Watchdog urges Switzerland to step up anti-bribery efforts

In the Petrobras and 1MDB corruption affairs, a total of 24 banks based in Switzerland were investigated © KEYSTONE / MARTIAL TREZZINI

Switzerland is an active anti-bribery enforcer but still needs to do more, the Swiss branch of the anti-corruption group Transparency International said on Wednesday. 

This content was published on September 12, 2018 - 11:40

In its latest assessment of compliance with the OECD Anti-Bribery ConventionExternal link, Transparency International said only 11 out of 44 signatory countries conduct active or moderate enforcement, including Switzerland, Germany, Israel, Britain, the United States, Australia and Sweden. Together, the 11 countries account for 30.8% of world exports. 

Meanwhile, over half of global exports come from countries that regularly fail to punish bribing of foreign officials. Thirty-three countries, accounting for 52% of world exports, had limited or little enforcement, including Canada, New Zealand, China, India, Japan and Ireland. 

The OECD Anti-Bribery Convention requires parties to criminalise bribery of foreign public officials and introduce related measures. 

Transparency International said that in the 2014-2017 reporting period, Switzerland began 115 anti-corruption investigations, opened three cases and concluded 11 cases with sanctions. The main foreign bribery investigations in 2016-2017 concerned the Petrobras, 1MDB, Yara and Gazprom affairs.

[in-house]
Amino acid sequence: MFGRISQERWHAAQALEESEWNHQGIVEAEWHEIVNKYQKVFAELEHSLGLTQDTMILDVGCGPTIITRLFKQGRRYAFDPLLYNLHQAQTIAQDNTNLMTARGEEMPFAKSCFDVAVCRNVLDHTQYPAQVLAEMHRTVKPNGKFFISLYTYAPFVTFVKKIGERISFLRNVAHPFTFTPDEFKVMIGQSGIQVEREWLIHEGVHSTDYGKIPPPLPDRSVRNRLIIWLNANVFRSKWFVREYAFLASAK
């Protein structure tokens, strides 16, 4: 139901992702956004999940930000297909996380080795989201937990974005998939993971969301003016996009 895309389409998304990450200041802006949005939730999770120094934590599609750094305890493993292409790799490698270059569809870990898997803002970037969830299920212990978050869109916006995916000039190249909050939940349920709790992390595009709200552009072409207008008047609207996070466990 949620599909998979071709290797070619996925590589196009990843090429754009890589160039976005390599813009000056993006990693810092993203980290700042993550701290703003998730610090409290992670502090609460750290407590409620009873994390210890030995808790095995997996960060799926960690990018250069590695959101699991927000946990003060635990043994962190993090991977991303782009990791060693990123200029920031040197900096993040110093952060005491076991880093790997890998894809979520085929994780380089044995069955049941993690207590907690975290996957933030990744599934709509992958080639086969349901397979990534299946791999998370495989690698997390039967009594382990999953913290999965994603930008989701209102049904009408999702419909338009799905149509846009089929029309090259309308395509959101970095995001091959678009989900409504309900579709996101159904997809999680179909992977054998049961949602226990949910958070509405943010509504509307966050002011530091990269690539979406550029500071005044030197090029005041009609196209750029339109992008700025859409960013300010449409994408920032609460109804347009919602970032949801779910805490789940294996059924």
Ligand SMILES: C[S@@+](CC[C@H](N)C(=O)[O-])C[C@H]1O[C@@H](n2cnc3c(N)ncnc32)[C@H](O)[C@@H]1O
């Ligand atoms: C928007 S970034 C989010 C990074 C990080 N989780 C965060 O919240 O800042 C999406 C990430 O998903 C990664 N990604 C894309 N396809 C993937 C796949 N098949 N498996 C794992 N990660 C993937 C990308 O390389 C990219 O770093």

A March 2018 report by the OECD on Switzerland found that five legal persons had been convicted in the past four years and that many foreign bribery cases were under investigation (137 investigations for money laundering and foreign bribery in 2016, compared with 24 in 2011). 

The Swiss branch of Transparency International saidExternal link Switzerland was certainly more active than many other countries in implementing the OECD treaty, to which it acceded 18 years ago, but said that urgent measures must still be adopted. 

It said anti-corruption sanctions were insufficient and the scope of the existing Anti-Money Laundering Law was too narrow, stating that it should also be applied to lawyers, notaries, trustees, real estate agents and dealers of art and luxury goods. Also, the legal protection of whistleblowers needs to be strengthened, it added.

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